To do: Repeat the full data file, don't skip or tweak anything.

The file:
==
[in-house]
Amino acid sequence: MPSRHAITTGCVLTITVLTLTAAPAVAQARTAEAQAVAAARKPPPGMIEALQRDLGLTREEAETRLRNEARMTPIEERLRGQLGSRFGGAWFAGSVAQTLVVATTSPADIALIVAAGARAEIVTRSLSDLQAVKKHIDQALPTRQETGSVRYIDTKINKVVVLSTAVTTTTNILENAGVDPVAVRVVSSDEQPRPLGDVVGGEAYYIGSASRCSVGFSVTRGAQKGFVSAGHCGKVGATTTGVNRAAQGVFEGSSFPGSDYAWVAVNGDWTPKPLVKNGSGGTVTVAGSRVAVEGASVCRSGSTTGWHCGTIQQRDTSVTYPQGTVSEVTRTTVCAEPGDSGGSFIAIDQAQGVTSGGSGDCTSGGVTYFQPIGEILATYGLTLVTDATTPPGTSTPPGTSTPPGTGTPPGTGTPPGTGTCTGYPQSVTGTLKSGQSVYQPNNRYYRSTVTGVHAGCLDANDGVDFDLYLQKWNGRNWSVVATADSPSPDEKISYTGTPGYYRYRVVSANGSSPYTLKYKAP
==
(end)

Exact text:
[in-house]
Amino acid sequence: MPSRHAITTGCVLTITVLTLTAAPAVAQARTAEAQAVAAARKPPPGMIEALQRDLGLTREEAETRLRNEARMTPIEERLRGQLGSRFGGAWFAGSVAQTLVVATTSPADIALIVAAGARAEIVTRSLSDLQAVKKHIDQALPTRQETGSVRYIDTKINKVVVLSTAVTTTTNILENAGVDPVAVRVVSSDEQPRPLGDVVGGEAYYIGSASRCSVGFSVTRGAQKGFVSAGHCGKVGATTTGVNRAAQGVFEGSSFPGSDYAWVAVNGDWTPKPLVKNGSGGTVTVAGSRVAVEGASVCRSGSTTGWHCGTIQQRDTSVTYPQGTVSEVTRTTVCAEPGDSGGSFIAIDQAQGVTSGGSGDCTSGGVTYFQPIGEILATYGLTLVTDATTPPGTSTPPGTSTPPGTGTPPGTGTPPGTGTCTGYPQSVTGTLKSGQSVYQPNNRYYRSTVTGVHAGCLDANDGVDFDLYLQKWNGRNWSVVATADSPSPDEKISYTGTPGYYRYRVVSANGSSPYTLKYKAP